Include Alternative Text for Images & Objects
- If the picture, clipart, chart, graph, shape or SmartArt graphic conveys information, is alternative text provided AND the object placed in line with text?
- If the picture, clipart or shape is added for visual emphasis or decoration, is "decorative" entered as the alternative text? (Note: Decorative images do not have to be placed inline.)
- Are multiple associated images on the same page (e.g., boxes in an organizational chart) grouped as one object with one alternative text?
Use clear, concise terms to describe what’s important. If the image contains, text, repeat the text exactly in the description – unless the content contains the same information. If complex images have descriptive text immediately following them, alternative text does not need to be provided.
- Click on the image or object.
- Right click and select Format Picture/Object/Chart > Alt Text.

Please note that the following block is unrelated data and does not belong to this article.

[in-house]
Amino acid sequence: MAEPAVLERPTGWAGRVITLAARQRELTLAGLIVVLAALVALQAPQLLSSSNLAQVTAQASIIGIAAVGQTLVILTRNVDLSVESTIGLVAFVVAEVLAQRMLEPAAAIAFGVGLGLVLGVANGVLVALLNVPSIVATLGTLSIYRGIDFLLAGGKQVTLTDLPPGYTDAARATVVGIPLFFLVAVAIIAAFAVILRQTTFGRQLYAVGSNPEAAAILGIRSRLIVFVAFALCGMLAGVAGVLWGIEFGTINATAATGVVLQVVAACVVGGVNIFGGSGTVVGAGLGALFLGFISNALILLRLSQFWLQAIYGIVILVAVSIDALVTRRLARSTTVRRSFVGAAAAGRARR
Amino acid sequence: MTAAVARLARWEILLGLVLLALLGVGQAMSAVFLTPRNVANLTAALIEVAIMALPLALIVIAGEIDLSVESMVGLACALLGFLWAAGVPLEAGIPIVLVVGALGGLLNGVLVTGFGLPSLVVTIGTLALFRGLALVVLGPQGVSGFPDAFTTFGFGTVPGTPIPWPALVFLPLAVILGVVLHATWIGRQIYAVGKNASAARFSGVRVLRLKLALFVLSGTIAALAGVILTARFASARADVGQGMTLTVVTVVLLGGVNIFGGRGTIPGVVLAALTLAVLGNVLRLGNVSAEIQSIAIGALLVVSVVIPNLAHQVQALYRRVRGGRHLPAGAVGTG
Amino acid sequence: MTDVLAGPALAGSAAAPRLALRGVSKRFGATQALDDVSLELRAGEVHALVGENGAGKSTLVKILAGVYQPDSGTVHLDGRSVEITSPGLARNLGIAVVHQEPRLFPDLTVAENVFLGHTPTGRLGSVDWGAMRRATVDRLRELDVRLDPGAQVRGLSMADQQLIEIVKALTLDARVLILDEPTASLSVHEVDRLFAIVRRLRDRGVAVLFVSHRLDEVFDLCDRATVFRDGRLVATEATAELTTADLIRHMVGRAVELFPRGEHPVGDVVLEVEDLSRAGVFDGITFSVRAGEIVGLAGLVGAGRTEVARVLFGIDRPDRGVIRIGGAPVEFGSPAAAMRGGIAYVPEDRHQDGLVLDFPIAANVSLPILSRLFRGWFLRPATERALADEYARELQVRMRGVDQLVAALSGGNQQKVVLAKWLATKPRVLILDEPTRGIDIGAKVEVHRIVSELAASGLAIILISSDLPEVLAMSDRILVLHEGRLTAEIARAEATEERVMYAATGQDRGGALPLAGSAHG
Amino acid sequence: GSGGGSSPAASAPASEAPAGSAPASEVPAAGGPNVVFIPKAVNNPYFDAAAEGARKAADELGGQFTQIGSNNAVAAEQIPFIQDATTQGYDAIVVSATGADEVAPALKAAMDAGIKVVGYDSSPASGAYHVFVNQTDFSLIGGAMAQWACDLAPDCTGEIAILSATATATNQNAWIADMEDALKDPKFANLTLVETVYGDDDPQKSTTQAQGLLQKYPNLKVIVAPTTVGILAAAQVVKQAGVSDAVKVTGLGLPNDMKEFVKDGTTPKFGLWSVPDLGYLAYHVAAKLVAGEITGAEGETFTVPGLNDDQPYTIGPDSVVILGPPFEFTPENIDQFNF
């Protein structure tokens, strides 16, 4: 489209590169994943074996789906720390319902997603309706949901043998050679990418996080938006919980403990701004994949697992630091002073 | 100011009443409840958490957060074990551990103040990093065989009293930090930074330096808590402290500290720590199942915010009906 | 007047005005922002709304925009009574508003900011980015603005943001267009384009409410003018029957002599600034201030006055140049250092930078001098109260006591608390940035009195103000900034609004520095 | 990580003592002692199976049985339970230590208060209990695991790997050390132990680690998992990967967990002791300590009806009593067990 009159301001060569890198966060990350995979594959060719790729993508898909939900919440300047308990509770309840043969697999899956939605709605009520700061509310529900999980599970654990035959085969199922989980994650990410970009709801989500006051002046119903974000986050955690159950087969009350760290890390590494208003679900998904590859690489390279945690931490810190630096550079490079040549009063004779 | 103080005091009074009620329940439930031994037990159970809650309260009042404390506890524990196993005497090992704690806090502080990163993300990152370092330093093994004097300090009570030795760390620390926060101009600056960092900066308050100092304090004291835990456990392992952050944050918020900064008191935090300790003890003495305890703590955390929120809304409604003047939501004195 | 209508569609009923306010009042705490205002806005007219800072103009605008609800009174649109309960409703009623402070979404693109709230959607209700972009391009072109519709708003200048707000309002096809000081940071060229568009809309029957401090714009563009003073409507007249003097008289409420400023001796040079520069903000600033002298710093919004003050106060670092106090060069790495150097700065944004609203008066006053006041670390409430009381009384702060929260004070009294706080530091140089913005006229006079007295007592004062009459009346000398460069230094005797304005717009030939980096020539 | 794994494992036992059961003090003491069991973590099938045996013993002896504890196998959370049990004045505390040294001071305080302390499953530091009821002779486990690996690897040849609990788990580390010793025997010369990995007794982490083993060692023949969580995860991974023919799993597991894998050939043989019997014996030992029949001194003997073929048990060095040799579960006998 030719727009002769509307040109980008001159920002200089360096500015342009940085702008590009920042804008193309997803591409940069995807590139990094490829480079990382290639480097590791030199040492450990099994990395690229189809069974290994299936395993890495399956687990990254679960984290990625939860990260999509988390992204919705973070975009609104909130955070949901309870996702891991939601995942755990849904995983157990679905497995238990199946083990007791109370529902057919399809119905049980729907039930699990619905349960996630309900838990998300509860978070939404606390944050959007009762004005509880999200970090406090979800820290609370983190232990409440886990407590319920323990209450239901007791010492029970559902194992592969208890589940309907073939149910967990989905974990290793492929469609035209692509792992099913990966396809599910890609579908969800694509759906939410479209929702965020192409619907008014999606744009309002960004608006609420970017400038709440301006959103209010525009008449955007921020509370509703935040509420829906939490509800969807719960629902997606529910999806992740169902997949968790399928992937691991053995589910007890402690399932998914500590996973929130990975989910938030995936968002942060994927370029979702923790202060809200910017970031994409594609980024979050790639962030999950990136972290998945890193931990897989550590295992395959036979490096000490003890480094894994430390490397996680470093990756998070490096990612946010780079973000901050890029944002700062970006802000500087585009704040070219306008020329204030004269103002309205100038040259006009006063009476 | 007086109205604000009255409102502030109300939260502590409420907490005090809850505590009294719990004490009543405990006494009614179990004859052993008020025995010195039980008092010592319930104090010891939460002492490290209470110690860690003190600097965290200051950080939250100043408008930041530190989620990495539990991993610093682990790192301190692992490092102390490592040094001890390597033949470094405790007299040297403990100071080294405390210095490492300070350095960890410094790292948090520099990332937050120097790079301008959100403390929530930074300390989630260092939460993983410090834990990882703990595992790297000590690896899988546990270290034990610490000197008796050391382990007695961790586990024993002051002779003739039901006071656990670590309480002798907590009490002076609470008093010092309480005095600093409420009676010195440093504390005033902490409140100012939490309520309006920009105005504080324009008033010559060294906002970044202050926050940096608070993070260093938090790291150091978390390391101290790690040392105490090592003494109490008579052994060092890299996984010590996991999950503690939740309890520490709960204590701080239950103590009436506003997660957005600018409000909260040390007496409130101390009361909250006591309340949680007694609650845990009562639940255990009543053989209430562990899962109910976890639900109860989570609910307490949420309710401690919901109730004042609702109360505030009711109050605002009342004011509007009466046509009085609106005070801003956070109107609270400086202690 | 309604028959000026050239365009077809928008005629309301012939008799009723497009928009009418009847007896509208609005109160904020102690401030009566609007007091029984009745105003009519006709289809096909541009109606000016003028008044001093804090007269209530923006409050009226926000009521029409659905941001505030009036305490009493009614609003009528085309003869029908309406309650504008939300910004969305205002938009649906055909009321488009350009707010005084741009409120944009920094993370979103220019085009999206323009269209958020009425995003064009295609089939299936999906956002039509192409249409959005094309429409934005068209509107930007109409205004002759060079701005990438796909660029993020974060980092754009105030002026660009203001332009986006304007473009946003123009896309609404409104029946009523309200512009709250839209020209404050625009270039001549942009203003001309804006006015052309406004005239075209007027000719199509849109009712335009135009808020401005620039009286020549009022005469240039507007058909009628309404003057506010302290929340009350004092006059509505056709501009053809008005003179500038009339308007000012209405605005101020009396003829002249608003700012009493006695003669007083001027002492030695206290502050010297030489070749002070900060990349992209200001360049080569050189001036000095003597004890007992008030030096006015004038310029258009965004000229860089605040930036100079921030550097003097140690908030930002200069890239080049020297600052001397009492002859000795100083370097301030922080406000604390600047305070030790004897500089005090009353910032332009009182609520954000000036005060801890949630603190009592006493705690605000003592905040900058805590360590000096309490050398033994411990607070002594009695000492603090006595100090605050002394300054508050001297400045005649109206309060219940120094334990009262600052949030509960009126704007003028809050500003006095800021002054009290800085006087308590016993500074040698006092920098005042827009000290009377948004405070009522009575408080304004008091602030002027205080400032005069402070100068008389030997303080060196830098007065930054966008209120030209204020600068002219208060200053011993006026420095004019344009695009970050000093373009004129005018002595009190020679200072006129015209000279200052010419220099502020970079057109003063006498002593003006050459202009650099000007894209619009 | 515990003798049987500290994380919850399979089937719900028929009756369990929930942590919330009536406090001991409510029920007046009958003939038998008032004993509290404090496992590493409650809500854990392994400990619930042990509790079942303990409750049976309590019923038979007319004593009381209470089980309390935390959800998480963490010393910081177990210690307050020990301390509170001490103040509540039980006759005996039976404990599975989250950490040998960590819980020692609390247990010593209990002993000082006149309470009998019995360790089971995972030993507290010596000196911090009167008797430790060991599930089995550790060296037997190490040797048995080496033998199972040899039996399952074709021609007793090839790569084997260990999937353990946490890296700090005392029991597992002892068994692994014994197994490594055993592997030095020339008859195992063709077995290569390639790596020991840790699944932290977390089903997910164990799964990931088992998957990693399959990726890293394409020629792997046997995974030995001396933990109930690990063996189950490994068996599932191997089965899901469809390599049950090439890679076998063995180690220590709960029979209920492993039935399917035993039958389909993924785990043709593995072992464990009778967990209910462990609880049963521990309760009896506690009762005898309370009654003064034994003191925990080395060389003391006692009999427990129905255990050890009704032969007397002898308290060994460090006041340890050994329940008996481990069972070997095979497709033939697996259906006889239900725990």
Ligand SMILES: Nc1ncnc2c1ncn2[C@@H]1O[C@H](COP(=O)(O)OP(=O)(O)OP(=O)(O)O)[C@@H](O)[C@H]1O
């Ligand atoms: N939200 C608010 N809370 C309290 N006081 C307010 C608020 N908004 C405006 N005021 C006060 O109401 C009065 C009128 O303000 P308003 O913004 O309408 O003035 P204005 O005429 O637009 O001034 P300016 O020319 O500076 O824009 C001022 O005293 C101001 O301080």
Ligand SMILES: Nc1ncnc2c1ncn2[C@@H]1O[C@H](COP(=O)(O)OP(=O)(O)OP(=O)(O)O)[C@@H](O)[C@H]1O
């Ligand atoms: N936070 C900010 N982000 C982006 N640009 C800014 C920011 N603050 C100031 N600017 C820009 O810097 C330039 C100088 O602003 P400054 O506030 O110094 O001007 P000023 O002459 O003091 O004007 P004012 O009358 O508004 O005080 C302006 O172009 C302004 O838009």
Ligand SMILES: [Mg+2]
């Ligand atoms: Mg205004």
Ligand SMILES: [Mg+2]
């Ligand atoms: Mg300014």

- In the Description box, use clear, concise terms to describe what’s important. If the image contains text, repeat the text exactly in the description – unless the content contains the same information. For a decorative object that does not provide meaningful, simply enter “decorative.”
Why is this important?
Screen readers read alternative text out loud and are the only information that blind users will have about the images, chart, shapes, etc. in your presentation.
- Alternative Text
- Alternative Text Blunders
- PowerPoint: Alternative Text for Images
- Add Alt Text to Images
- Add Alt Text to SmartArt Graphics
- Add Alt Text to Shapes
- Add Alt Text to Charts
- Add Alt Text to Tables
- Improve Image Accessibility in PowerPoint Training Video
- Group Shapes or Pictures Training Video
Use Tables for Data Only
- Is there only one row of headers set?
- Is the table simple with no nested tables, merged or split cells, or blank cells for formatting?
- If the table is complex, is a description provided?
- Go to Insert > Tables.
- Insert the number of columns and rows you need for your table.
- Insert the information in your table.
- Highlight the first row of the table. Right click and select Table Properties.
- Select the Row tab. Check the option “Repeat as header row at the top of each page.” Select OK.
Why is this important?
Screen readers are programmed to understand how tables are organized. When a table is properly formatted, the screen reader will be able to provide meaningful information to users. This is very important for tables that contain lots of data. Consider breaking a large table into separate simple tables.